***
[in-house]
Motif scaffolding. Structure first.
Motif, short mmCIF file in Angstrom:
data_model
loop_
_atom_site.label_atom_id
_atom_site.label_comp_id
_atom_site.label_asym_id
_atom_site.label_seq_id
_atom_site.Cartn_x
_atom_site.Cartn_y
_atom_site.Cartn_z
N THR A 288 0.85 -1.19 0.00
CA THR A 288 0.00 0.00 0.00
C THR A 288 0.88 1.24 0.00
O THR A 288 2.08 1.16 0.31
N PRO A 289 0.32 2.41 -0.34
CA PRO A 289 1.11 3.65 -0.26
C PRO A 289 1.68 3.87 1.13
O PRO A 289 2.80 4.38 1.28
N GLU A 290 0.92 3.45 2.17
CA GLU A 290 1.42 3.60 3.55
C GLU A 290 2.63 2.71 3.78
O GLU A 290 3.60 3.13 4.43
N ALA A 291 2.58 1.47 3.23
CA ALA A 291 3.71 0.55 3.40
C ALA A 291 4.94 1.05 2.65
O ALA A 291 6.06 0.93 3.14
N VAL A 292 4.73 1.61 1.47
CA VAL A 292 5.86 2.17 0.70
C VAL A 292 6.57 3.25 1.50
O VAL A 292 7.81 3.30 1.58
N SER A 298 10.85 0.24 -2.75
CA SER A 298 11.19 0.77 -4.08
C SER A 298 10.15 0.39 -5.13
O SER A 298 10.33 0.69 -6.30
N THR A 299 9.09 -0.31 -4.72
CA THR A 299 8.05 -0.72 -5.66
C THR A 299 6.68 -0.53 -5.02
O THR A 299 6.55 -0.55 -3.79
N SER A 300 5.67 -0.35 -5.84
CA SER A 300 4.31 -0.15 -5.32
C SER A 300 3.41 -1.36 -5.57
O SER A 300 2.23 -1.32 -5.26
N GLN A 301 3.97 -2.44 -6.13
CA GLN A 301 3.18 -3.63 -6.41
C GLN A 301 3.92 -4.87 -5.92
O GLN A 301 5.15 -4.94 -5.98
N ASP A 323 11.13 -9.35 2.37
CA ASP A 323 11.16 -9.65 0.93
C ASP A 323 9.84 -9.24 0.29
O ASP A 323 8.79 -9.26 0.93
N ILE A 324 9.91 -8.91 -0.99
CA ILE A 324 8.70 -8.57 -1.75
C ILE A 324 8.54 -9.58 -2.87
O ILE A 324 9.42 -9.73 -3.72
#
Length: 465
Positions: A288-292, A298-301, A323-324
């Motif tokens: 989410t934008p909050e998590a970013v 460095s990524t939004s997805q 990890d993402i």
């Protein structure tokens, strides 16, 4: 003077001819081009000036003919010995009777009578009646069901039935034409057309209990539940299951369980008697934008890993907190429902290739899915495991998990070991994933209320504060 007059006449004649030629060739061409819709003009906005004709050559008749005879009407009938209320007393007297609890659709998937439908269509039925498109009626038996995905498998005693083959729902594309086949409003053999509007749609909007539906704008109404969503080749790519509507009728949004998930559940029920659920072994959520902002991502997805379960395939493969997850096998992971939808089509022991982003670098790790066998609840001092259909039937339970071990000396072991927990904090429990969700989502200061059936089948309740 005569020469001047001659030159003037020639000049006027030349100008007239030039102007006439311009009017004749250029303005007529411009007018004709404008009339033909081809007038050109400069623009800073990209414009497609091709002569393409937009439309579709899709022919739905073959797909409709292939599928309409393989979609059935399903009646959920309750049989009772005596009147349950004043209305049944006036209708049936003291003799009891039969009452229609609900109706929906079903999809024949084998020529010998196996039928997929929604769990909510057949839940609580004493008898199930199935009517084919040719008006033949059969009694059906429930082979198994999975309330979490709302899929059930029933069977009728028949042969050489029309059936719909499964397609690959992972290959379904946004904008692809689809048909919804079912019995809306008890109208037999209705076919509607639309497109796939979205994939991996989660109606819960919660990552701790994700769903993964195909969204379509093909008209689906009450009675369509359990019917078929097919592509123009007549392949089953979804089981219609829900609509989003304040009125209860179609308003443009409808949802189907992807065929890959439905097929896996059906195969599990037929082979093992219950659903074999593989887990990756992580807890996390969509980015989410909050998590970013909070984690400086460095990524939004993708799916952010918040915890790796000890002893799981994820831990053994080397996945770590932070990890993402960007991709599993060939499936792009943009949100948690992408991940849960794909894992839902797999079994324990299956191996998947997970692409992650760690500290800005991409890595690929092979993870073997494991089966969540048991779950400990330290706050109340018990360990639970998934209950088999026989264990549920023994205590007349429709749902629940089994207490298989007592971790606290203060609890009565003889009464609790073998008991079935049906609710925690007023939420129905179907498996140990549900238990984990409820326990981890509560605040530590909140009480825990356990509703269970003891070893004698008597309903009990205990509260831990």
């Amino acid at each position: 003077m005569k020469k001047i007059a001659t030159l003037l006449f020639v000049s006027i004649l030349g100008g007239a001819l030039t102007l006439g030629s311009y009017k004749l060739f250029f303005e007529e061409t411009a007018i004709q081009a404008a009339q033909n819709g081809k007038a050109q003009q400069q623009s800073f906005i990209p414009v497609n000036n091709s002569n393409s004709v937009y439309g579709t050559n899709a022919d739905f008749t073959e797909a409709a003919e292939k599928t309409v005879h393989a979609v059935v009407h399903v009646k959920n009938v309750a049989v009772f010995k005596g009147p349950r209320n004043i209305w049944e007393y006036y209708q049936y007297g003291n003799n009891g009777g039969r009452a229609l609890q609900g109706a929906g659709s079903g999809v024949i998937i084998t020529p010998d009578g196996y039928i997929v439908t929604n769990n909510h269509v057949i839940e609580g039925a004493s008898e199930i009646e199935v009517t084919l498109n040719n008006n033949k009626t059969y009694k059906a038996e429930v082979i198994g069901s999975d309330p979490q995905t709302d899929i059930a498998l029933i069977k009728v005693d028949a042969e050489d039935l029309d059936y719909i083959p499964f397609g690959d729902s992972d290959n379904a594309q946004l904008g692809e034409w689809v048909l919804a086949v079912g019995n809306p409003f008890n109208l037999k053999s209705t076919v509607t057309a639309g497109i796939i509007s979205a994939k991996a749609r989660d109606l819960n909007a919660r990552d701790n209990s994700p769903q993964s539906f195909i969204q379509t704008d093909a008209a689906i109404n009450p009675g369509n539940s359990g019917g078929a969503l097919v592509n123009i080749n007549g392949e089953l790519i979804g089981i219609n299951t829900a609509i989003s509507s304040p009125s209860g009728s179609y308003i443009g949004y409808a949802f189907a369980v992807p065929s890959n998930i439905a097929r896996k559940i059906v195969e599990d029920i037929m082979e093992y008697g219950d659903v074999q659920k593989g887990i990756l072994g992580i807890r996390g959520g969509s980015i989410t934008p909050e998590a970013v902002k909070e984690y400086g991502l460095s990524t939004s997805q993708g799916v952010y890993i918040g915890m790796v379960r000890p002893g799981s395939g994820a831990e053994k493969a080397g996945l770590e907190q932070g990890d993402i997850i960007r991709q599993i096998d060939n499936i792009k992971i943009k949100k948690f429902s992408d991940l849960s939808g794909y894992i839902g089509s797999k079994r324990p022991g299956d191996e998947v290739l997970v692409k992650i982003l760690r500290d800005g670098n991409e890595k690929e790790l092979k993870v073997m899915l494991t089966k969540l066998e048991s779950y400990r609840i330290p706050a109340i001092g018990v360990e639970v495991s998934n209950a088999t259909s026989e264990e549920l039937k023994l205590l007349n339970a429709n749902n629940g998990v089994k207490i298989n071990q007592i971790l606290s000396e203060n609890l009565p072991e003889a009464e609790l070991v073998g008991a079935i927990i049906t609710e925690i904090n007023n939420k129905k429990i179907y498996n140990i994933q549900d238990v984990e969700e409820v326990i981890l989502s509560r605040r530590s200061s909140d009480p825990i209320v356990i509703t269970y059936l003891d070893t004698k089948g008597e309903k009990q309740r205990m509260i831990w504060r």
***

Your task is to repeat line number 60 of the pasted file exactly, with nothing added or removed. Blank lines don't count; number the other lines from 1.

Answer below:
């Motif tokens: 989410t934008p909050e998590a970013v 460095s990524t939004s997805q 990890d993402i």